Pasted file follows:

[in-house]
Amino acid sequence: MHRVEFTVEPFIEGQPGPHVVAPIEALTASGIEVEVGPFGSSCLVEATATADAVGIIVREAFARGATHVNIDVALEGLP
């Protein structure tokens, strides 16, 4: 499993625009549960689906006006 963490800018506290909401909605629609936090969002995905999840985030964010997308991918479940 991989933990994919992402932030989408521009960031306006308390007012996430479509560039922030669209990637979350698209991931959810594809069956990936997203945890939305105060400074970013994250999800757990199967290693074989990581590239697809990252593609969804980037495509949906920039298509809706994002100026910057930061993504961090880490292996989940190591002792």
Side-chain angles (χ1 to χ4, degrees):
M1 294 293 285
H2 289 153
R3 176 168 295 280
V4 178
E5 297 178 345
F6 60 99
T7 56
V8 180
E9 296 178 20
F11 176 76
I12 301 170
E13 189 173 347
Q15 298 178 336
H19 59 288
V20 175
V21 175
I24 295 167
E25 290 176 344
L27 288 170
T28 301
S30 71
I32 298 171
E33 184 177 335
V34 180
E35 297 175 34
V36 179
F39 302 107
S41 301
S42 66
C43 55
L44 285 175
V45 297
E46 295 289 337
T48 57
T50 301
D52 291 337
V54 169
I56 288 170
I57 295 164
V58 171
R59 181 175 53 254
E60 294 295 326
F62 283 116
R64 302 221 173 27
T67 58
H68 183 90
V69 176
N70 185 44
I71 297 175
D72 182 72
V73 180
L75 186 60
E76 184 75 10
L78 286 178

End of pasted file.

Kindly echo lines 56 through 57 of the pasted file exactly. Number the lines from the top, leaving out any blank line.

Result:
L75 186 60
E76 184 75 10